New Jerseyans have a choice: Continue to repeat the mistakes of the past or raise revenue in a more equitable manner and reinvest in communities. Providing safe clean drinking water should not be a budget “choice” but a budget necessity. Investing in clean energy and functional mass transit is absolutely critical as our coastal state faces an uncertain climate future AND as these investments can help rebuild our economy. Reducing diesel emissions in environmental justice communities both helps kids with asthma breathe AND makes residents more resilient against the coronavirus. New Jersey is a crowded little state. New Jerseyans will rise or fall TOGETHER. A more equitable New Jersey will be a STRONGER New Jersey.
Take Action now by contacting your NJ legislators. Tell them what you think a recovery should look like, not just for the immediate crisis at hand, but sets a course for a brighter and more sustainable future.
Good news! Governor Murphy recently signed a food waste recycling bill (A2371) into law, which will reduce greenhouse gas emissions and air pollution in overburdened communities by diverting waste from large scale food generators that would otherwise be burned or buried to more sustainable mechanisms like composting. In NJ, 1.3 million tons of food waste are sent to landfills and incinerators each year. Under this law, large scale food waste generators — such as prisons, restaurants, and grocery store — will be required to separate their food waste and send it to an authorized food waste recycling facility within a 25-mile radius. We’re proud that New Jersey has taken this step to protect our resources, communities, and environment.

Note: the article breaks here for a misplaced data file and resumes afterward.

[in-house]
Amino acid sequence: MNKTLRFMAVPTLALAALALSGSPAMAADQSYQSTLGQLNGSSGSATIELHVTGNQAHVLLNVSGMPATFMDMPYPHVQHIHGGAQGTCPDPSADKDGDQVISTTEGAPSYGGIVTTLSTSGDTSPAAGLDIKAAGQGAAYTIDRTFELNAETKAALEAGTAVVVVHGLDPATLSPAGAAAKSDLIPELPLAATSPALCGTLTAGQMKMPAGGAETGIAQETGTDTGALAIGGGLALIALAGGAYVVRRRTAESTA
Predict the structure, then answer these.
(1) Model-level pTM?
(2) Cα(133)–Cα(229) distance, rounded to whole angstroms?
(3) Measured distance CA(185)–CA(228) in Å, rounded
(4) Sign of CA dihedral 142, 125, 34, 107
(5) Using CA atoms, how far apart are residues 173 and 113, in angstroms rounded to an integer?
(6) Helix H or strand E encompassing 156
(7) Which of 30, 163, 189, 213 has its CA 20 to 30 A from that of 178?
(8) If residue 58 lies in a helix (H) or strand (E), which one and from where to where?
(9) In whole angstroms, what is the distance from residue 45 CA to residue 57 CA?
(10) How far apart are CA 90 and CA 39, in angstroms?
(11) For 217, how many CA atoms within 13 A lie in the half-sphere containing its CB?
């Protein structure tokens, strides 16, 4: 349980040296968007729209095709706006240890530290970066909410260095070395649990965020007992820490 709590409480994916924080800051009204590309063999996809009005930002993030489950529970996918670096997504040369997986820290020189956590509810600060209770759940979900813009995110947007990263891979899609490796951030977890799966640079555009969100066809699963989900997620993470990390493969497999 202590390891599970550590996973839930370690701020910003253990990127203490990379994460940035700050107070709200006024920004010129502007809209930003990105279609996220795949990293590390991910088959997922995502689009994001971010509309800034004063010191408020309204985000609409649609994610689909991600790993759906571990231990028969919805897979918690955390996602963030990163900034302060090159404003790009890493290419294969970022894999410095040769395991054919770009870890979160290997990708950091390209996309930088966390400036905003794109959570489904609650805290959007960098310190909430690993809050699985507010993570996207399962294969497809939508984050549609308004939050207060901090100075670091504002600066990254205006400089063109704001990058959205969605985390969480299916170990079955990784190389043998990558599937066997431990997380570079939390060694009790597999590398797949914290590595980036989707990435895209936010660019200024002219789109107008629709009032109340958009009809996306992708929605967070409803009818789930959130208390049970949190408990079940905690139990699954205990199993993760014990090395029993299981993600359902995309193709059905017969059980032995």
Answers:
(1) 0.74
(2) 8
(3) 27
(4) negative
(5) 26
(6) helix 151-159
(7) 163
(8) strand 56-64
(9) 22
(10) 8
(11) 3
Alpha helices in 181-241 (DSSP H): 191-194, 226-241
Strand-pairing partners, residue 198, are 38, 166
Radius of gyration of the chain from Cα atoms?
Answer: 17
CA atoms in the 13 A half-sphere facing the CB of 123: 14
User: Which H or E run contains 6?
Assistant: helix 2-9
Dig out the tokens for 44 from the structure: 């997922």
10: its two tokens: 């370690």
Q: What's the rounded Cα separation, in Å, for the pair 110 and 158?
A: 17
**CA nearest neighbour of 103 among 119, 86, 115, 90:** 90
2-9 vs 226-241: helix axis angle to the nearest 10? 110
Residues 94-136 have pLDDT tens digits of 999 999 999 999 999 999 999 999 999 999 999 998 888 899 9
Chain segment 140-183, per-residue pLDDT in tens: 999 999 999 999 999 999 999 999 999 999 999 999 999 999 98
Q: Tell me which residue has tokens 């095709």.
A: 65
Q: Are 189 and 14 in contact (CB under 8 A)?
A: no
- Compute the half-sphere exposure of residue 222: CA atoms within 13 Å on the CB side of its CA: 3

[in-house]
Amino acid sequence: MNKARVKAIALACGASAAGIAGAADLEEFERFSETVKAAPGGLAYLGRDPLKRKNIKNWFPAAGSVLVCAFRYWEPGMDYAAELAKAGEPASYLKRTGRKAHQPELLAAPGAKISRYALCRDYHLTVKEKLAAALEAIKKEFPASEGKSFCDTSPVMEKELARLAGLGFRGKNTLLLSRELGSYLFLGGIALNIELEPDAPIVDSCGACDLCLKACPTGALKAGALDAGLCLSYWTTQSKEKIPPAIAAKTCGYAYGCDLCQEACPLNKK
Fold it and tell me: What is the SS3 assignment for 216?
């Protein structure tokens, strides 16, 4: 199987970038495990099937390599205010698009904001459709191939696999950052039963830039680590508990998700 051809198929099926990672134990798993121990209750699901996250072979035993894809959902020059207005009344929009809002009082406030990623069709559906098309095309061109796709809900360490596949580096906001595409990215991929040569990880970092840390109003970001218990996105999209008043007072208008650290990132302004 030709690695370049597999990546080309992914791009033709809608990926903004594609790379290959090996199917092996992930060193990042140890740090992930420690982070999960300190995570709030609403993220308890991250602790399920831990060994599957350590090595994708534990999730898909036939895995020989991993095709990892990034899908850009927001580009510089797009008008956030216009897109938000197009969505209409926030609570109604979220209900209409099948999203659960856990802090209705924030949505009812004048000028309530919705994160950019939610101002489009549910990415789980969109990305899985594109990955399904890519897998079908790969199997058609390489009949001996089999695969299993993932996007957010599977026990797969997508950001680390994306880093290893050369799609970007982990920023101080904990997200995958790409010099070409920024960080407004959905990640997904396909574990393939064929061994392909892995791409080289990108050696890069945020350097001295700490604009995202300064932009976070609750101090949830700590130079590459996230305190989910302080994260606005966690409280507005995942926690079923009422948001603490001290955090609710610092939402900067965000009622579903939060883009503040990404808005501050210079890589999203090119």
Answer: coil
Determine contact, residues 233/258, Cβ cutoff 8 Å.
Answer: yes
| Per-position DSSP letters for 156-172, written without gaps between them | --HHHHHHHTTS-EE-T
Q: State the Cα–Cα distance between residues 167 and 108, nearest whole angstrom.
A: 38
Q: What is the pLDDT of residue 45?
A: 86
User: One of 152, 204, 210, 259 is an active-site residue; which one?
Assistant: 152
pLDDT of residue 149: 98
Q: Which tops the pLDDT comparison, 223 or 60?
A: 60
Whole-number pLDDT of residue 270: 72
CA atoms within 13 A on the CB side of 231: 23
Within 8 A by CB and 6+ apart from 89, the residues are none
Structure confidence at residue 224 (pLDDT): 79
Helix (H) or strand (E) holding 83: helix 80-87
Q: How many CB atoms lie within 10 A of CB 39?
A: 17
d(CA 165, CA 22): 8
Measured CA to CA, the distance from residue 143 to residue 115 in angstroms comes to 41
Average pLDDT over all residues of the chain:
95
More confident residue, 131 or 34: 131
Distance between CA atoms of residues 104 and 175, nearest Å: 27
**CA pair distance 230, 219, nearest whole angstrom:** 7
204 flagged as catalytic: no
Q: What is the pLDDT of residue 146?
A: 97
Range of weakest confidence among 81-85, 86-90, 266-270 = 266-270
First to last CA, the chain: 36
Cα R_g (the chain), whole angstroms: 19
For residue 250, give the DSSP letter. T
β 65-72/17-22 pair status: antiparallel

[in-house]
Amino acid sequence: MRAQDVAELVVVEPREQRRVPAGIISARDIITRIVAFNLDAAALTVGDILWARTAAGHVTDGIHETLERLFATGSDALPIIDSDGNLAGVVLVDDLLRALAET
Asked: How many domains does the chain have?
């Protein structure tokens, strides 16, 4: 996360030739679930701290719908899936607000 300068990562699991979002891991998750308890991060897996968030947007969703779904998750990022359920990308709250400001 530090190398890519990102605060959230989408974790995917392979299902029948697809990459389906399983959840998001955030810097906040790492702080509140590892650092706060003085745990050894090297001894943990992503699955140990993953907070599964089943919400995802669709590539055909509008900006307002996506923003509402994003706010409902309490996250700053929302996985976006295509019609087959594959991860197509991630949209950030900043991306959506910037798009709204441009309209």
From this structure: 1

Nearly a third of all food produced in the world goes uneaten each year — an amount that costs the global economy $940 billion and emits 8% of planet-warming greenhouse gases. In the U.S., about 40 percent of all food produced is wasted. At the same time, 1 in 9 people are undernourished. While this law only applies to large food waste generators (52+ tons a year), there are steps you can take at home to prevent food waste like backyard composting, smart shopping and food storage, or donating to food banks. To learn more read the EPA’s Guide to Reducing Wasted Food At Home.